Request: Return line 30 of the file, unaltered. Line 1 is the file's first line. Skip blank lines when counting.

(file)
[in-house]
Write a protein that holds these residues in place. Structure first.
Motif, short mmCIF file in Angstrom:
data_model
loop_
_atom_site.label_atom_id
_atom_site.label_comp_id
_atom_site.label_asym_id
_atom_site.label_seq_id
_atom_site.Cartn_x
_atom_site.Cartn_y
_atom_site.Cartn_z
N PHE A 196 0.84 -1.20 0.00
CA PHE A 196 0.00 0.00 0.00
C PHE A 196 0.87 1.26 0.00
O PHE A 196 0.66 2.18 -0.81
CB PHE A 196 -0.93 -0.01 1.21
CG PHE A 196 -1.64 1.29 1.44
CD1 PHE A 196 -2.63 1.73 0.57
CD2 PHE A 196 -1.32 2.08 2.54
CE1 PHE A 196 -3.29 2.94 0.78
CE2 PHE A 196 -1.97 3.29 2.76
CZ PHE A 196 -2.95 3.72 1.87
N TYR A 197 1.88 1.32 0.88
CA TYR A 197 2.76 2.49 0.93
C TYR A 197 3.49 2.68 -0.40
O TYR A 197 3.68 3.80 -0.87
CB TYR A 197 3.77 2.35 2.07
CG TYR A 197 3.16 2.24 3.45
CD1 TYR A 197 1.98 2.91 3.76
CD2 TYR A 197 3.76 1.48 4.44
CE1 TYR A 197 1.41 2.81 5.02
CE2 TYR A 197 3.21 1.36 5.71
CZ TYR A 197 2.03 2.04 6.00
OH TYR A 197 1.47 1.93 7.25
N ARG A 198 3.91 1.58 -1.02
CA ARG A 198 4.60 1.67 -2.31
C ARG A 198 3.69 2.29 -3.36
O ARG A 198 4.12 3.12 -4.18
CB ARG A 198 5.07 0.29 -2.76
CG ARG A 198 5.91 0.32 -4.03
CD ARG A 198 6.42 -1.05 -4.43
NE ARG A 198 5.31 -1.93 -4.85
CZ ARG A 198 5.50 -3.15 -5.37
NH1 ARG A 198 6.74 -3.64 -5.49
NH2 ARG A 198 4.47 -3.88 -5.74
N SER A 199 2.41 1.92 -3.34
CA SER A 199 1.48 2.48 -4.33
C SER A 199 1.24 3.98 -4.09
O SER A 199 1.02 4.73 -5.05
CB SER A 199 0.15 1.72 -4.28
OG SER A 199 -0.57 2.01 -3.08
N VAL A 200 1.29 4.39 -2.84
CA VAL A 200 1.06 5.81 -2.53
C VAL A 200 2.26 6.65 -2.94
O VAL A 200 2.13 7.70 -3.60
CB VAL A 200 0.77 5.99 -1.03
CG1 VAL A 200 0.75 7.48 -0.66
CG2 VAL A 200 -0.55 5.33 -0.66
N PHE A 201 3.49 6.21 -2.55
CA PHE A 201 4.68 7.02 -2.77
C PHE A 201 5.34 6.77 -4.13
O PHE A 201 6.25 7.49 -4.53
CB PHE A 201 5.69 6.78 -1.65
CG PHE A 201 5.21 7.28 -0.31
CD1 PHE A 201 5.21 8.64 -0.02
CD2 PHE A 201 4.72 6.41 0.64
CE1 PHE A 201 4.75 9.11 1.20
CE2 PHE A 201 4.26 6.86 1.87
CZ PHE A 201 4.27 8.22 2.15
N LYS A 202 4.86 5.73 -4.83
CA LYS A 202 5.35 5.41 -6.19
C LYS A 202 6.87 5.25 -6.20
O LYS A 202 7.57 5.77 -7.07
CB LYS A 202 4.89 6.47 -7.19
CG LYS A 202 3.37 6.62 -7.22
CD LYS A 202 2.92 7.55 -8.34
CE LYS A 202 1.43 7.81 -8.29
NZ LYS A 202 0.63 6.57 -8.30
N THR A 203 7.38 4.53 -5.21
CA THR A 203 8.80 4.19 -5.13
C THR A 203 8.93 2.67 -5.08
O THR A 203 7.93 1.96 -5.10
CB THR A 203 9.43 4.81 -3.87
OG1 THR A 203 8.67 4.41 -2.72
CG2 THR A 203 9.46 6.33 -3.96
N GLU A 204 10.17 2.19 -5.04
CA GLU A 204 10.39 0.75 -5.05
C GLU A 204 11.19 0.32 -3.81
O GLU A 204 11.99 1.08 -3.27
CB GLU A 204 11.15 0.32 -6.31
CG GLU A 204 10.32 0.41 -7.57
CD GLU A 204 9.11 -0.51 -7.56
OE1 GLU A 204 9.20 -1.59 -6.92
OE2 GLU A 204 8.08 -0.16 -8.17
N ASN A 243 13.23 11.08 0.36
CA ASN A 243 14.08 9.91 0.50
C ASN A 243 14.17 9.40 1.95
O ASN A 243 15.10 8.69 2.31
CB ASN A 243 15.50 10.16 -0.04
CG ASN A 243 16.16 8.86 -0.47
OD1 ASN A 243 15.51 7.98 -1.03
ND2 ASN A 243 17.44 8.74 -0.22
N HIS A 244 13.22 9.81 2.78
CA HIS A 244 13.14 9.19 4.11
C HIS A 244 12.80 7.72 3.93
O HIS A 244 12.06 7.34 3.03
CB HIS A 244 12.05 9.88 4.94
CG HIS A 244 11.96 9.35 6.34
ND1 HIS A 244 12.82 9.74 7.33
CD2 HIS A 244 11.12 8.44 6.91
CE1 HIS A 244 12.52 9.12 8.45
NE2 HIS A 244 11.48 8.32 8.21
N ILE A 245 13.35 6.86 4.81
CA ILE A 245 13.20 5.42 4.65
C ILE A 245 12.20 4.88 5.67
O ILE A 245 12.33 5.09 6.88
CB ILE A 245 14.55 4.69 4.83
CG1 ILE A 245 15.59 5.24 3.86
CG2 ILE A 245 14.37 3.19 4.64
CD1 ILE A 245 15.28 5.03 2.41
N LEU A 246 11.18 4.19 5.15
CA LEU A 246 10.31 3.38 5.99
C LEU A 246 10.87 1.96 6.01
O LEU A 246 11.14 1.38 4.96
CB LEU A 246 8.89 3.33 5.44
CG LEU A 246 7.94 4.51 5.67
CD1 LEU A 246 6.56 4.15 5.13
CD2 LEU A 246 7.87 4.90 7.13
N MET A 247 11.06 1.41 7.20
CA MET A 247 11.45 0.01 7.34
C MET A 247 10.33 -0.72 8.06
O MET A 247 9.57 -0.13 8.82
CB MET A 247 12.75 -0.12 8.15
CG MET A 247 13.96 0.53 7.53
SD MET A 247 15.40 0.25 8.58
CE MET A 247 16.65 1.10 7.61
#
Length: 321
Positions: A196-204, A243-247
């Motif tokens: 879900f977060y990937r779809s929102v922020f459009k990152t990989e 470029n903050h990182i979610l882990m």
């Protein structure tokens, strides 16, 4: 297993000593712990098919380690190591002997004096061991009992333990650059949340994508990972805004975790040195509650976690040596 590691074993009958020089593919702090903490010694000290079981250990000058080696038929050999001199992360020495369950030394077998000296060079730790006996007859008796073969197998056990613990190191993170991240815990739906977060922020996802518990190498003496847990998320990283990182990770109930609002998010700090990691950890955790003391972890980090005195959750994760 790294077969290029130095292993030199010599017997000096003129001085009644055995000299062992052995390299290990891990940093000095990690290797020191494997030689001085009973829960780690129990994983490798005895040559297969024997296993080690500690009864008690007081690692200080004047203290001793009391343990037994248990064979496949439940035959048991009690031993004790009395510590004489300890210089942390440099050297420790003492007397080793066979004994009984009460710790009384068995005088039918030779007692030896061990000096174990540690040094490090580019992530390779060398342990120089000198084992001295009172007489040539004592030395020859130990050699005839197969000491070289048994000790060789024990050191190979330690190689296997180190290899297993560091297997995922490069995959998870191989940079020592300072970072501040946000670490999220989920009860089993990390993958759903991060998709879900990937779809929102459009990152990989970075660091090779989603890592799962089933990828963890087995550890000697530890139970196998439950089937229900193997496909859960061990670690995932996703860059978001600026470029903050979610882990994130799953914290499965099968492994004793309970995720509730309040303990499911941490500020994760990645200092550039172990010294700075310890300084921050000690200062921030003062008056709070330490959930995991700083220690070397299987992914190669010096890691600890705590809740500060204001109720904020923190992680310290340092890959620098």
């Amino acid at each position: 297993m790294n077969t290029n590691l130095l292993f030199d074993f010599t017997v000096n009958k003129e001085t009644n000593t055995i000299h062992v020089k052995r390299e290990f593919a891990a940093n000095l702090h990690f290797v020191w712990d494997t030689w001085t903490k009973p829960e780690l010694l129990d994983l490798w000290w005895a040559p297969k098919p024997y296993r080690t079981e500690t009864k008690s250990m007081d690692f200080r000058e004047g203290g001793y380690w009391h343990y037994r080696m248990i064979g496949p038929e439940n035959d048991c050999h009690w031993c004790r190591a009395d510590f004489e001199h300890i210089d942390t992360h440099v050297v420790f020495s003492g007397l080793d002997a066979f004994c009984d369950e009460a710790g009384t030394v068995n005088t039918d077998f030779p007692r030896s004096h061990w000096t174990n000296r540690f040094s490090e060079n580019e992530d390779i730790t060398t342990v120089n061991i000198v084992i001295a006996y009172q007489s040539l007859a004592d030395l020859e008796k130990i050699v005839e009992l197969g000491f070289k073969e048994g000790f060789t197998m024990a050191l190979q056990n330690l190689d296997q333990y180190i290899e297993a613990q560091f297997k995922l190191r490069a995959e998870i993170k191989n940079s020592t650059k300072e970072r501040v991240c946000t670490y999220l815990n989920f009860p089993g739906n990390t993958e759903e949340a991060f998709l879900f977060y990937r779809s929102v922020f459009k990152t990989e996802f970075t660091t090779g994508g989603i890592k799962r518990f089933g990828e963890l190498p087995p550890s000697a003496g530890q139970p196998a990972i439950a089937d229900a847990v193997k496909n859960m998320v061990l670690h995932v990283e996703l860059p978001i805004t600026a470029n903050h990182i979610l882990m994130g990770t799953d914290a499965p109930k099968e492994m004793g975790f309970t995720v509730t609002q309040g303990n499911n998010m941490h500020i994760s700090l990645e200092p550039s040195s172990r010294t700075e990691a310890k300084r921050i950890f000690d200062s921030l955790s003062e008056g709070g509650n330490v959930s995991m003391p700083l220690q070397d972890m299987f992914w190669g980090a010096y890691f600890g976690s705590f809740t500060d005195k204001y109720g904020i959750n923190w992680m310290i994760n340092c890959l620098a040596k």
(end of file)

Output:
CD1 TYR A 197 1.98 2.91 3.76